Colombian President Juan Manuel Santos Wins Nobel Prize for His Efforts To End Longest Running War in the Americas: A Role Model for African Leaders?

 FARC leader Timochenko  and Colombia President Santos shake hands at the Peace agreement ceremony in Cuba in Sept. 2016
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The longest running war in the Americas was supposed to end last week. Unfortunately, Colombians narrowly rejected the deal in a vote  on Oct 2, 2016, resetting the clock for further negotiations. Despite the setback, today on Oct 7, 2016, Colombian President Juan Manuel Santos was awarded the Nobel Peace Prize for his efforts to end the 52-year conflict.

The longest running war in the Americas was supposed to end last week. Unfortunately, Colombians narrowly rejected the deal in a vote  on Oct 2, 2016, resetting the clock for further negotiations. Despite the setback, today on Oct 7, 2016, Colombian President Juan Manuel Santos was awarded the Nobel Peace Prize for his efforts to end the 52-year conflict.

 

Praising him for his tireless efforts  in the  four years of negotiations that led to his peace agreement with FARC rebels, The Nobel committee in Norway awarded him the prize for effort as much as achievement, highlighting that: "What the 'No' side rejected was not the desire for peace, but a specific peace agreement."

It was on  Wednesday, August 24,2016, that Colombia’s government and the largest rebel group in the country, known as  the Revolutionary Armed Forces of Colombia, or FARC, have reached a deal to end  the 52 -years of civil war. The deal was approved in Cuba, after four years of negotiations. It was facilitated by Cuban President Raoul Castro.  When both sides declared that the deal has been reached, it appeared  the last major guerrilla struggle in Latin America was ending.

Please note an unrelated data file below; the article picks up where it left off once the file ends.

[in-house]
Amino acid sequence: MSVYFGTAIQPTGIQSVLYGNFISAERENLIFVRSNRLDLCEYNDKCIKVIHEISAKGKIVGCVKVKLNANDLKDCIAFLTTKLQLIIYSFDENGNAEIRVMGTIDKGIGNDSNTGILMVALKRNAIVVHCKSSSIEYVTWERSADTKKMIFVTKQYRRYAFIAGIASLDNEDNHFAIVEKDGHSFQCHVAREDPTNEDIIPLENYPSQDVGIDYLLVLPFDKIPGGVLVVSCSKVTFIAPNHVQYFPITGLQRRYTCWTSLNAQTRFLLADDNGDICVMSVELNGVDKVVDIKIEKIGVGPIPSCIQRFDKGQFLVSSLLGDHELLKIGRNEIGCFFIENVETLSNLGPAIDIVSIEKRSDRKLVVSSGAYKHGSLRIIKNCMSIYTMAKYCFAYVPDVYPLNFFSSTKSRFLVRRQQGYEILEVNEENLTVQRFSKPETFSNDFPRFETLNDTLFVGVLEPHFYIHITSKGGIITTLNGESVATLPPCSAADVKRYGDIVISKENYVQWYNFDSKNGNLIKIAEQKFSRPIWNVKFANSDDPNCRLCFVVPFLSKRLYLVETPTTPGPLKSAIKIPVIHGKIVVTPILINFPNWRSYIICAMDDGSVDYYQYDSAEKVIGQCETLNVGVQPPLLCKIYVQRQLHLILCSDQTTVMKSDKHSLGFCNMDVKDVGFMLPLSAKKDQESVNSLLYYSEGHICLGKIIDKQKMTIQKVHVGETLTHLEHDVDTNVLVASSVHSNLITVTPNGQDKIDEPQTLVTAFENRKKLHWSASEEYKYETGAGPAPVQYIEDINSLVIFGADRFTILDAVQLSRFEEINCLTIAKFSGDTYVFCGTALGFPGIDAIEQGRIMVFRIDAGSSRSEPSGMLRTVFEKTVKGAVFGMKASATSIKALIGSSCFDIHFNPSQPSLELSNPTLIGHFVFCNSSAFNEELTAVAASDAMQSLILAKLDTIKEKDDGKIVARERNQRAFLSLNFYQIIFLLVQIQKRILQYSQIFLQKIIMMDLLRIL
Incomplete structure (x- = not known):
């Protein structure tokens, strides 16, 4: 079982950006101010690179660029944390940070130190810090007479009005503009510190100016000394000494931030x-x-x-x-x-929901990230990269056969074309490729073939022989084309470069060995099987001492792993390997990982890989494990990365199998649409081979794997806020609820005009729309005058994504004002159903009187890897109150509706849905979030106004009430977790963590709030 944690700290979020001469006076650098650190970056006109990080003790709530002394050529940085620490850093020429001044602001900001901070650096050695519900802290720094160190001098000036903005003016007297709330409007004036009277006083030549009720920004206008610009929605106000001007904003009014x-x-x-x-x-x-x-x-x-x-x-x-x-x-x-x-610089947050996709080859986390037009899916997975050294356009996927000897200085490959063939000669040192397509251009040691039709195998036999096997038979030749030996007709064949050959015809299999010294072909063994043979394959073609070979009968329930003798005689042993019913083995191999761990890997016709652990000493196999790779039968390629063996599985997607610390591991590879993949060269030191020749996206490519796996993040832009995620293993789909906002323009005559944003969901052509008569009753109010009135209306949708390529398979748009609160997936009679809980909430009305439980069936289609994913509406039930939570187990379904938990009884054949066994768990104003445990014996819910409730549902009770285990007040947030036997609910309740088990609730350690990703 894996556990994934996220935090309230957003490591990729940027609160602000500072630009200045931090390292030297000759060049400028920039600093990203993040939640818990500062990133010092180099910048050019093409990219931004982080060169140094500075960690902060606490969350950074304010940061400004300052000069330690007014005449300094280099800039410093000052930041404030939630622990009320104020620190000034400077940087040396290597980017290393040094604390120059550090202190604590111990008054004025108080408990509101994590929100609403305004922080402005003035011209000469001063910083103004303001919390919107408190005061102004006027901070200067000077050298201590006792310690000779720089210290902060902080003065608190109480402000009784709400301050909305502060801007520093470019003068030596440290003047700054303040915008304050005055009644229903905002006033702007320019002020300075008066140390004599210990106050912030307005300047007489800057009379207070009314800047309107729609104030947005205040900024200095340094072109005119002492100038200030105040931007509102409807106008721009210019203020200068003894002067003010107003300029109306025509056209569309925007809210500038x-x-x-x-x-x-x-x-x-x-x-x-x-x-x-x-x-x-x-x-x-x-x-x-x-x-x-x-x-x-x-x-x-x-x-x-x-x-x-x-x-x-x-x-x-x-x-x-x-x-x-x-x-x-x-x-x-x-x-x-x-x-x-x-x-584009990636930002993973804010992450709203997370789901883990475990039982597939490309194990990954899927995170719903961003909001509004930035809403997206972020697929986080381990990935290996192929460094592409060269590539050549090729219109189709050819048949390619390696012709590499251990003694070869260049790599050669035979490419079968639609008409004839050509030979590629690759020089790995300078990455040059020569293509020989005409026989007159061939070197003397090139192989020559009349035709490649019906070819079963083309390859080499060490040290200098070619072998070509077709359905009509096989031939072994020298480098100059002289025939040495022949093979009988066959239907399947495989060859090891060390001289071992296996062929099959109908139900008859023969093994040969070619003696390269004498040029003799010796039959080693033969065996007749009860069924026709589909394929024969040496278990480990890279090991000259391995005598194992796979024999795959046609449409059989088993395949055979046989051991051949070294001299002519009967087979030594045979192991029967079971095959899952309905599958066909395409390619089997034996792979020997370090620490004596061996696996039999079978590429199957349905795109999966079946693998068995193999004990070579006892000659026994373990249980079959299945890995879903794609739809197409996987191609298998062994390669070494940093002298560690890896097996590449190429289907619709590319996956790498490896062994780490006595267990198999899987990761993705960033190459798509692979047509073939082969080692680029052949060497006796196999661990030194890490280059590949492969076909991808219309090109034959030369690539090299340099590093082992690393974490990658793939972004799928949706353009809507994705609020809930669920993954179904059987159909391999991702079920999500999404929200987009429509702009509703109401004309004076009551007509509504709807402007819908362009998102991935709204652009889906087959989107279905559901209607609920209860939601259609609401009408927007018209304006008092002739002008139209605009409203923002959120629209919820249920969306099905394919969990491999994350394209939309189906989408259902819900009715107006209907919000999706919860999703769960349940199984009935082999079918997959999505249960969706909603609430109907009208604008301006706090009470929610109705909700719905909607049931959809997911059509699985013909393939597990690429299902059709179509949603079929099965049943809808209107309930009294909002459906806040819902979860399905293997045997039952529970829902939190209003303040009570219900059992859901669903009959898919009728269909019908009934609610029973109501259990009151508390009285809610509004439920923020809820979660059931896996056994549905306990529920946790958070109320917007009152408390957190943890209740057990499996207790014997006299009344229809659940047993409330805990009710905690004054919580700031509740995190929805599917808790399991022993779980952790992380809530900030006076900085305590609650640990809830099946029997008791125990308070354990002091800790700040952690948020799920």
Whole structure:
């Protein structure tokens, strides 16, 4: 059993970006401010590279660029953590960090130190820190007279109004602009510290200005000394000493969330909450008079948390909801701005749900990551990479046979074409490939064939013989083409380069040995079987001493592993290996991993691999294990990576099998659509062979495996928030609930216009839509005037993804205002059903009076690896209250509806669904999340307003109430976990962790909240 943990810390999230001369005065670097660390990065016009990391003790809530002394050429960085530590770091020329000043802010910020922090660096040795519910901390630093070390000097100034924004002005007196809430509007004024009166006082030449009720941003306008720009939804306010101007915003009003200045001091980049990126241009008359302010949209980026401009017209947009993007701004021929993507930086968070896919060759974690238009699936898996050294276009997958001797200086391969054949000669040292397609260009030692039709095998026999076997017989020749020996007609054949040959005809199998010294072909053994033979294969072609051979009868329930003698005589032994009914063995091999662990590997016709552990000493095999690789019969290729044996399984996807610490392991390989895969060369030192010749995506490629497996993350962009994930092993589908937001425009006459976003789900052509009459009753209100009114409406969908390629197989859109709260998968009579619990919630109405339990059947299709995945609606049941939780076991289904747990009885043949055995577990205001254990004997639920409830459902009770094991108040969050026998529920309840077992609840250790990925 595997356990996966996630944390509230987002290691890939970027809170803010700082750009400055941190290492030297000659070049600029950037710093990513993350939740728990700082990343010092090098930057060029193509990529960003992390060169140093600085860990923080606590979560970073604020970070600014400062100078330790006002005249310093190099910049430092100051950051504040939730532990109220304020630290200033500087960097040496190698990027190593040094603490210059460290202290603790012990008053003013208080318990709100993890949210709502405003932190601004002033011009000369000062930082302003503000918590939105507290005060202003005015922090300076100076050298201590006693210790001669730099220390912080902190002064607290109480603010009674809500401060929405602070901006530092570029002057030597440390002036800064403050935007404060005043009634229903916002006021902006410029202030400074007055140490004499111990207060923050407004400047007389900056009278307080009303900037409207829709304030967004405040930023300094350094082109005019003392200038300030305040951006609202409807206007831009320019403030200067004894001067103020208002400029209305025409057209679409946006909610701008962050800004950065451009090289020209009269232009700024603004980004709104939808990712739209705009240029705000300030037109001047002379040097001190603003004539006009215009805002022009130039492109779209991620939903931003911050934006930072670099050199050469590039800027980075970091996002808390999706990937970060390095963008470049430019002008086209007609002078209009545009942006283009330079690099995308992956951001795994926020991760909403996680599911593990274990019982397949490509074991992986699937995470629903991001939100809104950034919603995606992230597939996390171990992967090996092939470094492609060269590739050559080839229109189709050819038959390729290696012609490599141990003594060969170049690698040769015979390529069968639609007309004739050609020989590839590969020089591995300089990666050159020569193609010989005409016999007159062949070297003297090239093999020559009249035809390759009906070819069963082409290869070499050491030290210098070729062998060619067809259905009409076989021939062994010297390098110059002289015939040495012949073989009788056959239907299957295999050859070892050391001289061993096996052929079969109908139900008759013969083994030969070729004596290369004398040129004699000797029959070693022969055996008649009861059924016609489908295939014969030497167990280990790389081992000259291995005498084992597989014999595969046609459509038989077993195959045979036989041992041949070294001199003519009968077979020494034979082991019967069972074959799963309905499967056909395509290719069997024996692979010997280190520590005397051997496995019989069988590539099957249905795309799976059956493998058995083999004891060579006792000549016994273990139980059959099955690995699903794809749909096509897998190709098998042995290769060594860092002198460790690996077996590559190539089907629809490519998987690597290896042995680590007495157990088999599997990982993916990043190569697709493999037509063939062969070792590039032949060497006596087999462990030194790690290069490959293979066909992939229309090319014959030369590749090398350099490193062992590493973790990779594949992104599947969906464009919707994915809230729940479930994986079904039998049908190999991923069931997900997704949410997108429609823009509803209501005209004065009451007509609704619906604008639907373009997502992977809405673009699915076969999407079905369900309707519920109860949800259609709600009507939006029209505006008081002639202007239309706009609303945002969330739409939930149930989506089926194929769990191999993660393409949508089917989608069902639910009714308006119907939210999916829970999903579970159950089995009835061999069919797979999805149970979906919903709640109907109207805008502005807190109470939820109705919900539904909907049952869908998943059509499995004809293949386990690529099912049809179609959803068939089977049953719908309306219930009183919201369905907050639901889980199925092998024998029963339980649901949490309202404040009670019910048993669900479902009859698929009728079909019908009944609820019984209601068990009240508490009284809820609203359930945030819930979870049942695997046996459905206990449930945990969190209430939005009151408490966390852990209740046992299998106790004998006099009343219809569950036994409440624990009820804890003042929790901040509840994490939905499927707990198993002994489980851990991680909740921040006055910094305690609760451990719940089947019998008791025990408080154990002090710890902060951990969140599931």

However, as predicted (see here), getting the deal is one thing; getting the implementation is another. The deal was pushed forward by the current president Juan Manuel Santos.  

To be implemented, the peace agreement had to be approved through a referendum. With many prominent opponents, including the former president Álvaro Uribe, credited for weakening and forcing FARC to negotiate, the deal was rejected on Oct 2, 2016 with a narrow margin of 50.2% against. This did not stop the Nobel committee to, as they had done before, reward  an extraordinary individual determined to bring peace to their countries, after years of devastating civil wars.  Some believe that the Nobel Prize  to President Santos may yet fuel public opinion in Colombia to give another chance to the deal.

President  Manuel Santos did not react yet to the award, but  the spokesperson of the Norwegian Nobel Committee, Olav Njoelstad told Norwegian state broadcaster NRK after talking to him on the phone that : "He was overwhelmed. He was very grateful", before adding that President Santos " said it was of invaluable importance to further the peace process in Colombia." 

With the Nobel Prize, the Nobel committee has shown, once again, that the efforts for peace matter as much as the end result. It  may be another hint  for the actors in other long running conflicts in Africa, especially in the Democratic Republic of the Congo (DRC), Burundi, Rwanda, Uganda, and South Sudan.

 

 

 

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